Northern Life, Greater Sudbury’s community newspaper, gave Republic of Mining.com permission to post Bill Bradley’s article. www.northernlife.ca
Sustainability was the word most used by Parviz Farsangi, Vale Inco’s executive vice-president, at a talk at Science North Thursday evening.
“We all want to succeed in the long term, in every aspect of our business, not just in the short term,” said Farsangi.
He was speaking to a standing-room-only crowd at a Canadian Institute of Mining, Metallurgy and Petroleum (CIM) Sudbury branch meeting in the Vale Inco Cavern.
“When it comes to (ore) reserves, no one can touch us. We have the world’s best nickel reserves in terms of sulphide and laterite deposits worldwide,” he said.
Those reserves, coupled with the company’s focus on investing in finding new mines and digging deeper into older ones, means the future for Greater Sudbury is bright, he said.
“Our motto is to bring new life to older operating mines and bring new mines to life,” said Farsangi.
He listed a series of significant investments:
-$400 million for Totem Mine
-$45 million for Copper Cliff Deep project
-$30 million for Garson Mine ramp project
-$13.2 million for Coleman Mine
Sustainability may also be the way to deal with falling nickel prices, said Farsangi. Nickel prices have dropped from nearly $24 a pound to just under $9 a pound today.
“We want to be able to compete at various nickel price levels even when they go down. That is why we are investing in our operations so we will have the opportunity to compete.”
Farsangi also said sustainability referred to investing in the community. He listed a series of community investments, large and small:
-$4.5 million Living With Lakes aquatic research centre at Laurentian University
-$5 million CEMI, Centre For Excellence in Mining Innovation, Laurentian University
-$2 million to the NORCAT facility
-$100,000 to Dynamic Earth
-$375,000 to Sudbury Food Bank
-$250,000 to Sudbury Hospice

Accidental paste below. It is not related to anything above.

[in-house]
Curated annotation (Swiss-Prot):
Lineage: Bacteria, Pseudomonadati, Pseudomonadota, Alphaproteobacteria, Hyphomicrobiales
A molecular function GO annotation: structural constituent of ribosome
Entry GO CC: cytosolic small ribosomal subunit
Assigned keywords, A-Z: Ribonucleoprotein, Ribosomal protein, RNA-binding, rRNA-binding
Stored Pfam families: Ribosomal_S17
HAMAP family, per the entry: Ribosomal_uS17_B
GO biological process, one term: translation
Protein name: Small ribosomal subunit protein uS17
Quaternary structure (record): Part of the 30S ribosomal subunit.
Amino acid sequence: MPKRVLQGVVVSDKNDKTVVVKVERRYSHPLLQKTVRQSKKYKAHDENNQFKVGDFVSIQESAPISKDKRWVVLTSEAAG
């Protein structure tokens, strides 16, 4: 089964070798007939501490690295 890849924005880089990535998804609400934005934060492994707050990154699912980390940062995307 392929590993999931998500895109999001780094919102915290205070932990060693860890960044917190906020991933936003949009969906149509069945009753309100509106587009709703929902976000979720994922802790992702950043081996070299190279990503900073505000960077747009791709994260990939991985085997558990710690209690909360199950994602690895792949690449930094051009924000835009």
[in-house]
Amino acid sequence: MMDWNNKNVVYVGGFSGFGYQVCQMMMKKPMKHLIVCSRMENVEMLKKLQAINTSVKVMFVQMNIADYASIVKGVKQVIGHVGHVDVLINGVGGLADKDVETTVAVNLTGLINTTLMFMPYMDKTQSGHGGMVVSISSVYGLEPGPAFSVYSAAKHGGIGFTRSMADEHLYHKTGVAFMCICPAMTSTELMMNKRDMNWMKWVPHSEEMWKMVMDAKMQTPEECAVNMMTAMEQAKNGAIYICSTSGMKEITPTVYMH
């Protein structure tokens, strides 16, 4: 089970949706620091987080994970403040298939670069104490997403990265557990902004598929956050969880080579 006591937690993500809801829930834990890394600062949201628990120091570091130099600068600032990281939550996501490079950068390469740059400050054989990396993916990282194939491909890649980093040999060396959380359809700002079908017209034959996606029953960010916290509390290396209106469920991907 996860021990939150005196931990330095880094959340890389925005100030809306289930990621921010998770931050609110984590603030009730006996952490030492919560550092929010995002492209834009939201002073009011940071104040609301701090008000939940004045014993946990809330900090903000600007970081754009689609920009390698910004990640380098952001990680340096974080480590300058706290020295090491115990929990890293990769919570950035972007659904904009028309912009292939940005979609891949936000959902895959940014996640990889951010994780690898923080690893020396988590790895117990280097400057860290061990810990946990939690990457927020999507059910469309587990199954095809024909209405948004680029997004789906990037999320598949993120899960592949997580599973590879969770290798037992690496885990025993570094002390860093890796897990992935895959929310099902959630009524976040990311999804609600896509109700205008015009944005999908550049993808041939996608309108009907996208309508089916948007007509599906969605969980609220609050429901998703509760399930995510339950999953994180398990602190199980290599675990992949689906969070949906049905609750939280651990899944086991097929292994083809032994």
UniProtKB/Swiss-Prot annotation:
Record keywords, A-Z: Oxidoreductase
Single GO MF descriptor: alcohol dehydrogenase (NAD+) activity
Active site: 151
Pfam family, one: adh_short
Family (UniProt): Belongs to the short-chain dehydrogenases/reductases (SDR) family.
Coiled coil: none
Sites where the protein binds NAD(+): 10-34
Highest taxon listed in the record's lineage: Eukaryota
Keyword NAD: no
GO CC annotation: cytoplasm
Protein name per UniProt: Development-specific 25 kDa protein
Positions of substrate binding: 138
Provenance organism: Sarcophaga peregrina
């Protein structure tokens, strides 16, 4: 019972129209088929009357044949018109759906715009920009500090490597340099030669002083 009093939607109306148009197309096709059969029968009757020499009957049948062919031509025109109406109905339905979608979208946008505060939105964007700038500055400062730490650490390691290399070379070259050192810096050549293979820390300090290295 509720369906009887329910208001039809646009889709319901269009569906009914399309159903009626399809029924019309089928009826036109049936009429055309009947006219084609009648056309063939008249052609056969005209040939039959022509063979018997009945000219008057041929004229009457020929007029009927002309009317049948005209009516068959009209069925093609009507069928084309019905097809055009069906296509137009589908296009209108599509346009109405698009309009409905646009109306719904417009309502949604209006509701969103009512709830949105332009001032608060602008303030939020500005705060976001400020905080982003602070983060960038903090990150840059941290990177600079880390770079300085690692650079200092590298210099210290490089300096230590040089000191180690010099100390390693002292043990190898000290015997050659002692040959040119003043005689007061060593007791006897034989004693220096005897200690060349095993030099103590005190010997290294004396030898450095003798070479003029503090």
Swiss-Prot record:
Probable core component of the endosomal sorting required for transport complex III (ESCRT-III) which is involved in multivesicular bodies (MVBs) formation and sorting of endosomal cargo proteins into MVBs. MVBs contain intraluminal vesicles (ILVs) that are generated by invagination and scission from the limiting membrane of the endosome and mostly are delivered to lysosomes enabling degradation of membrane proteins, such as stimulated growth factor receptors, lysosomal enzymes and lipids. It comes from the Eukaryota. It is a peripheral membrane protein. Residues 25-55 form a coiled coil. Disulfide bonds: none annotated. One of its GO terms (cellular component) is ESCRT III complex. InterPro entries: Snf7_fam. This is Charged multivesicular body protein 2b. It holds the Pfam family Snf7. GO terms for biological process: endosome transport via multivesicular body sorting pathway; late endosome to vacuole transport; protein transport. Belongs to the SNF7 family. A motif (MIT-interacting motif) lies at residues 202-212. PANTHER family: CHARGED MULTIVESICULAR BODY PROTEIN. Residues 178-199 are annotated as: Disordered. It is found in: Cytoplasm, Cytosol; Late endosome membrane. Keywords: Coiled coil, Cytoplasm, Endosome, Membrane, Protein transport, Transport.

-$500,000 to the Northern Ontario School of Medicine, Laurentian University
Not only has the company invested in the community but so have the employees, said Farsangi.
“Our employees set a record for the United Way for companies who contribute $1 million to the United Way campaign. This is not easy for a company like us with 5,000 to 6,000 workers. Usually very large companies like auto companies make this list. But we did it here in Sudbury.”
Sustainability also meant being safety and health conscious for workers.
“North Mine has gone four years in a row without a severe injury. This means we are one of the safest industries around.”
He noted that sustainability meant taking responsibility for the environmental impact of his mining operations.
“I have not been here for awhile, but I was so pleased at the re-greening of the slag piles project (in Gatchell) that was undertaken. Fixing up these black slopes right near where people live is one of the best examples of re-greening I have seen.”
The executive also noted that emissions are still being reduced.
“By 2015 emissions will be further reduced another 63 per cent. That is good for all of us.”
In terms of energy conservation Vale Inco has been a leader, said Farsangi.
“Despite increasing production by 20 per cent since 1990, energy use has declined by 10 per cent.”
In a province where competitively priced energy is now a challenge, Vale Inco as a company will have to continue to deal with energy efficiency in their operations, he said.